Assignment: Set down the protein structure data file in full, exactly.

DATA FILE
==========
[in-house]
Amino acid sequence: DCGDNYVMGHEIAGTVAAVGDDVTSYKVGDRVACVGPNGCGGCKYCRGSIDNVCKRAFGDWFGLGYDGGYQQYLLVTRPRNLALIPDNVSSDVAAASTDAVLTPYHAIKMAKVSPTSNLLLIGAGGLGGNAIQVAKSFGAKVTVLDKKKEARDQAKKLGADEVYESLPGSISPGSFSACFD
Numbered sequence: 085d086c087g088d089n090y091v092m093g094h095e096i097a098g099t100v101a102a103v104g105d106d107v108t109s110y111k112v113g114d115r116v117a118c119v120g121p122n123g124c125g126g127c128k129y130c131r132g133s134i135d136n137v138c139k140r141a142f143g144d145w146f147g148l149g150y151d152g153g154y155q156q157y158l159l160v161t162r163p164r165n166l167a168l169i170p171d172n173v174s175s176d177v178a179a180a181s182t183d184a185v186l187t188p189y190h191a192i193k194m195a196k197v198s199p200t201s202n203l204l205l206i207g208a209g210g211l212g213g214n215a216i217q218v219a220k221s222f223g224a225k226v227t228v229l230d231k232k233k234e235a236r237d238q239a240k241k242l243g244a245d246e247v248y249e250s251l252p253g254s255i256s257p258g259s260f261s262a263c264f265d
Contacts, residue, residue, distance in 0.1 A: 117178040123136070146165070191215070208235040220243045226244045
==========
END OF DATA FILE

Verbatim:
[in-house]
Amino acid sequence: DCGDNYVMGHEIAGTVAAVGDDVTSYKVGDRVACVGPNGCGGCKYCRGSIDNVCKRAFGDWFGLGYDGGYQQYLLVTRPRNLALIPDNVSSDVAAASTDAVLTPYHAIKMAKVSPTSNLLLIGAGGLGGNAIQVAKSFGAKVTVLDKKKEARDQAKKLGADEVYESLPGSISPGSFSACFD
Numbered sequence: 085d086c087g088d089n090y091v092m093g094h095e096i097a098g099t100v101a102a103v104g105d106d107v108t109s110y111k112v113g114d115r116v117a118c119v120g121p122n123g124c125g126g127c128k129y130c131r132g133s134i135d136n137v138c139k140r141a142f143g144d145w146f147g148l149g150y151d152g153g154y155q156q157y158l159l160v161t162r163p164r165n166l167a168l169i170p171d172n173v174s175s176d177v178a179a180a181s182t183d184a185v186l187t188p189y190h191a192i193k194m195a196k197v198s199p200t201s202n203l204l205l206i207g208a209g210g211l212g213g214n215a216i217q218v219a220k221s222f223g224a225k226v227t228v229l230d231k232k233k234e235a236r237d238q239a240k241k242l243g244a245d246e247v248y249e250s251l252p253g254s255i256s257p258g259s260f261s262a263c264f265d
Contacts, residue, residue, distance in 0.1 A: 117178040123136070146165070191215070208235040220243045226244045